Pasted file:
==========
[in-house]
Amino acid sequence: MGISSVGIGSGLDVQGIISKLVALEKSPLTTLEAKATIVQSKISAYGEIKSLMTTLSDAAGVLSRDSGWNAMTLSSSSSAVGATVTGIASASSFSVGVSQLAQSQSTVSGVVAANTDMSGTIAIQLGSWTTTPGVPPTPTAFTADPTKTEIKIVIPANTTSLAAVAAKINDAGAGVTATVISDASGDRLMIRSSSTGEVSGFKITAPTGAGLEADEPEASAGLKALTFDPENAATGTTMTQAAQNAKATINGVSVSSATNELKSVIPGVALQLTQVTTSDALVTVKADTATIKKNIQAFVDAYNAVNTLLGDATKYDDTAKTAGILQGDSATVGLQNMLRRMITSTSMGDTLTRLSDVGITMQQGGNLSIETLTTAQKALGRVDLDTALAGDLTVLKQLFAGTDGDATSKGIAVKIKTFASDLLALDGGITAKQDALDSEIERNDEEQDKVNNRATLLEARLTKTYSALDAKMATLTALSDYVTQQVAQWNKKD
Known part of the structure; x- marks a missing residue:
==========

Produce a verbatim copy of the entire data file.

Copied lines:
[in-house]
Amino acid sequence: MGISSVGIGSGLDVQGIISKLVALEKSPLTTLEAKATIVQSKISAYGEIKSLMTTLSDAAGVLSRDSGWNAMTLSSSSSAVGATVTGIASASSFSVGVSQLAQSQSTVSGVVAANTDMSGTIAIQLGSWTTTPGVPPTPTAFTADPTKTEIKIVIPANTTSLAAVAAKINDAGAGVTATVISDASGDRLMIRSSSTGEVSGFKITAPTGAGLEADEPEASAGLKALTFDPENAATGTTMTQAAQNAKATINGVSVSSATNELKSVIPGVALQLTQVTTSDALVTVKADTATIKKNIQAFVDAYNAVNTLLGDATKYDDTAKTAGILQGDSATVGLQNMLRRMITSTSMGDTLTRLSDVGITMQQGGNLSIETLTTAQKALGRVDLDTALAGDLTVLKQLFAGTDGDATSKGIAVKIKTFASDLLALDGGITAKQDALDSEIERNDEEQDKVNNRATLLEARLTKTYSALDAKMATLTALSDYVTQQVAQWNKKD
Known part of the structure; x- marks a missing residue: